With constant pressure from external stimuli, stress is a natural and even helpful reaction of the human body to new, unknown, and frightening things or situations. While experiencing stress, the hypothalamus, a small cone-shaped region in the brain responsible for hormone production, signals adrenal glands located atop kidneys to release a surge of adrenaline and cortisol to the bloodstream.
Those hormones trigger the liver to produce an excessive amount of sugar, thus increasing heart rate, blood pressure, and energy. Nowadays, many different methods and medical practices help ease and get rid of stress, especially among students who are prone to it due to various factors. Stress may seem insignificant but can cause serious brain malfunctions, physical disorders and thus should be treated in time.
There are many sources of stress, and each individual experiences it on different levels. The feeling of anxiety usually comes from being under lots of pressure, worrying about something or someone, facing significant changes, or being in life-threatening situations. Stress is a healthy response of an organism in challenging situations, but when exposed to it for too long, it can cause serious health issues.
People who suffer from stress are prone to anxiety, depression, digestive problems, headaches, heart diseases, sleep issues, weight gain or loss, and memory issues. In modern society, people tend to experience panic attacks and health problems more often due to dealing with a lot of stress. Latest studies show that money and employment are the main stressors (Felman, 2021). In addition, when the stress is continuous and chronic, it can change your brain and body functioning.
Under constant pressure, the brain can change its size, structure, and how well it functions, right down to the level of the genes and genetics. When the cortisol has been released over long periods, it wreaks havoc on the brain since chronic stress increases the activity level and number of neural connections in the amygdala, the brain’s fear center. Cortisol is also associated with brain shrinking since it can be the reason for the death of synaptic connections between neurons. The formation of new brain cells is slowed, too, making it harder to learn, memorize something new, communicate and make decisions. These symptoms lead to lower academic performance and can result in depression, self-harm, and eventually Alzheimer’s disease.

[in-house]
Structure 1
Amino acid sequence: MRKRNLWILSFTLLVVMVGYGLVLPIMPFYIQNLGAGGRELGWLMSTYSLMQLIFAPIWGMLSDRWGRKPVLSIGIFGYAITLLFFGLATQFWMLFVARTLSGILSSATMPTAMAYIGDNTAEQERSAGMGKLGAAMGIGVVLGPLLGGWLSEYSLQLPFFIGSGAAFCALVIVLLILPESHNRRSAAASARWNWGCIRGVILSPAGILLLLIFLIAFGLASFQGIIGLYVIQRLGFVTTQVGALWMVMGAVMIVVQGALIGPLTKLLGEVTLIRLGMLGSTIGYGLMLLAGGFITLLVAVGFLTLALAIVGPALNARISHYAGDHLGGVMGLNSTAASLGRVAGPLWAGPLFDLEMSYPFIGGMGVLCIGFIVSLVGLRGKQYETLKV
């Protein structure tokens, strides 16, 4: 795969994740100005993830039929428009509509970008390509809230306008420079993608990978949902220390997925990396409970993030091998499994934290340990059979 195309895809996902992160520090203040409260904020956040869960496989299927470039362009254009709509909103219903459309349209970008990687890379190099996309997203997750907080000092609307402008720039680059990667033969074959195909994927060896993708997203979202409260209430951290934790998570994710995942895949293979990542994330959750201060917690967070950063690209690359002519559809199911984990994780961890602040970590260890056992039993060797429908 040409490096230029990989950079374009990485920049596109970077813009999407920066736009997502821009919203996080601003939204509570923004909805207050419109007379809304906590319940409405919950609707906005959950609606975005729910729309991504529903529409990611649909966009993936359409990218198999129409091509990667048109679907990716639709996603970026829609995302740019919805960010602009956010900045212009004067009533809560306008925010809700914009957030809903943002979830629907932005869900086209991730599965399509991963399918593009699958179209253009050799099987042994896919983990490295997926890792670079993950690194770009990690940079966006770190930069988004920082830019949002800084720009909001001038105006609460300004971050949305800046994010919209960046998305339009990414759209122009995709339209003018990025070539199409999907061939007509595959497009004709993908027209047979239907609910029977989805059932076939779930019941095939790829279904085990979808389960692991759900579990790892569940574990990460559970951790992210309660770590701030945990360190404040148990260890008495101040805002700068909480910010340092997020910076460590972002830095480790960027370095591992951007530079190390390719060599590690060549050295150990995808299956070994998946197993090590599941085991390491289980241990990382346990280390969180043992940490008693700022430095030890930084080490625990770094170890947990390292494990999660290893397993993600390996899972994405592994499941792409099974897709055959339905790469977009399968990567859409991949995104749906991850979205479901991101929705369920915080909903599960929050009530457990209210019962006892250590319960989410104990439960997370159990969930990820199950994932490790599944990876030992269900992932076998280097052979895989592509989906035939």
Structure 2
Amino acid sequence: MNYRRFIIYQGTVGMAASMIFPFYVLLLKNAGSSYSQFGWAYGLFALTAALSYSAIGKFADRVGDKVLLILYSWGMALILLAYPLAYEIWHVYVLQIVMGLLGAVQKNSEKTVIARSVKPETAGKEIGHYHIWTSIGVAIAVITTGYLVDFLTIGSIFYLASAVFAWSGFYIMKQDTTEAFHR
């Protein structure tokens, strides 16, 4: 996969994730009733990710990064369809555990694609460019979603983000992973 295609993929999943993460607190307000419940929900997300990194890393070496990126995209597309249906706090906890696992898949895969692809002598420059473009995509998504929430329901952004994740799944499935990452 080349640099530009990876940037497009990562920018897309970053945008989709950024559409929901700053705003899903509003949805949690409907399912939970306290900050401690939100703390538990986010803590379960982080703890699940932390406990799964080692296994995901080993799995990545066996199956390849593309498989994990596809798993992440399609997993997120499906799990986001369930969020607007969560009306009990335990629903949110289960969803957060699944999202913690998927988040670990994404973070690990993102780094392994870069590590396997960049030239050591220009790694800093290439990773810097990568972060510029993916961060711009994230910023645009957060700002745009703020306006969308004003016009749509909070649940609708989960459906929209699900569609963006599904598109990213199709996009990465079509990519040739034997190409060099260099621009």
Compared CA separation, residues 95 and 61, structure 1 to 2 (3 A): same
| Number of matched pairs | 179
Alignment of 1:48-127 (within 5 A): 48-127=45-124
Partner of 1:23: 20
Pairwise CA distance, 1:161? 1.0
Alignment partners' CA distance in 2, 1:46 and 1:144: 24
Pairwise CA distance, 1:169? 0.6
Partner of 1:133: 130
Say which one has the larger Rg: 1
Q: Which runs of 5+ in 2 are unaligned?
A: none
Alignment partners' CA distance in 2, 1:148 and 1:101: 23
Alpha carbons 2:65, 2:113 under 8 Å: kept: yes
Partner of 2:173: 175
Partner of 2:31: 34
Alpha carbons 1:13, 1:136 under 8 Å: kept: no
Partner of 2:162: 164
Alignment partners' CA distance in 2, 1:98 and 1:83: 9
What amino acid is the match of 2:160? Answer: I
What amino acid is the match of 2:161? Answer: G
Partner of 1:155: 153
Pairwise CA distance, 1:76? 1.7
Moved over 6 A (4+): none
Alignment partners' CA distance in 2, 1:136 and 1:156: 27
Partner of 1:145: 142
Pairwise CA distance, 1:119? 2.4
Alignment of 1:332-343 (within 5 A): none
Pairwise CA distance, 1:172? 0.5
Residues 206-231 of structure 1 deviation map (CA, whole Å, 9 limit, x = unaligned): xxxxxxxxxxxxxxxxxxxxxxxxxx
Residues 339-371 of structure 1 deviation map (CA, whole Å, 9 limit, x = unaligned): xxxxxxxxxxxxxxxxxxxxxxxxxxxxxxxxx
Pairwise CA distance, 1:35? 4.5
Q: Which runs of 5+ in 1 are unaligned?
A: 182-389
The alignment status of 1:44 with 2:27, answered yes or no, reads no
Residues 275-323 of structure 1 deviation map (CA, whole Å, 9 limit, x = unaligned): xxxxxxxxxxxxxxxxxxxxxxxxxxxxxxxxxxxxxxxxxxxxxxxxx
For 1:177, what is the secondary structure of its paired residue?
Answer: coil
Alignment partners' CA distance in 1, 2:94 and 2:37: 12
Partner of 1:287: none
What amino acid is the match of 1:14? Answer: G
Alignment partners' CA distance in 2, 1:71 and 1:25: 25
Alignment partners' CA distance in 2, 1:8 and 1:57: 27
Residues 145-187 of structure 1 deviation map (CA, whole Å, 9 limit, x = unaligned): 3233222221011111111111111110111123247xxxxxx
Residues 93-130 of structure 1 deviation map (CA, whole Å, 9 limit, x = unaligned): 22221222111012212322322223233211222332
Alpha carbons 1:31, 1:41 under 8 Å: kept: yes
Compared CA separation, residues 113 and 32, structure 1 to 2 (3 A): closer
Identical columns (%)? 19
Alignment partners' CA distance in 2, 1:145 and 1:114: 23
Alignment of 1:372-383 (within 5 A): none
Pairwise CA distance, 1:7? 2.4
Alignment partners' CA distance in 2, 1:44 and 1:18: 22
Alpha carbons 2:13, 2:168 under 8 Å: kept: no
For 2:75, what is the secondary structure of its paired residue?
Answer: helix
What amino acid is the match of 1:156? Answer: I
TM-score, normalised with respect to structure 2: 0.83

To stay healthy physically and mentally, a person has to learn how to deal with stress. In severe cases, doctors might prescribe medications such as antidepressants. However, upgrading your daily routine by including some habits and self-care can be helpful too. To avert stress, focusing on organization helps to minimize the feeling of chaos and anxiety by arranging living or workspace. In addition, firm control significantly assists with time management and procrastination, which can be one of the consequences of the continuing feeling of dread and pressure and help with balancing an academic and social life (Felman, 2021).
Exercising is also an effective method to avoid stress because it is a way to blow off steam and get your mind off of things that can be a burden. The research shows that cooperative learning helps to reduce emotional issues, thus promoting academic engagement in students. Social support and connections with friends are crucial factors since loneliness is reported to cause anxiety and stress.
To conclude, naturally, stress is beneficial because it usually emerges under some physical danger or threat, giving an individual more vigor, strength, enhance focus, and speeding up reaction time. However, prolonged or even constant exposure to stress is harmful and can have permanent detrimental effects on the body, brain, and mental state. Nowadays, stress is pervasive among adolescents and students, which affects their daily life, health, and academic record. Some may believe stress is not that serious and does not cause a lot of harm, but studies show that chronic stress is an actual disease that should be taken seriously and treated in time.
Felman, A., & Sampson, S. (2021). Why stress happens and how to manage it. MedicalNewsToday. Web.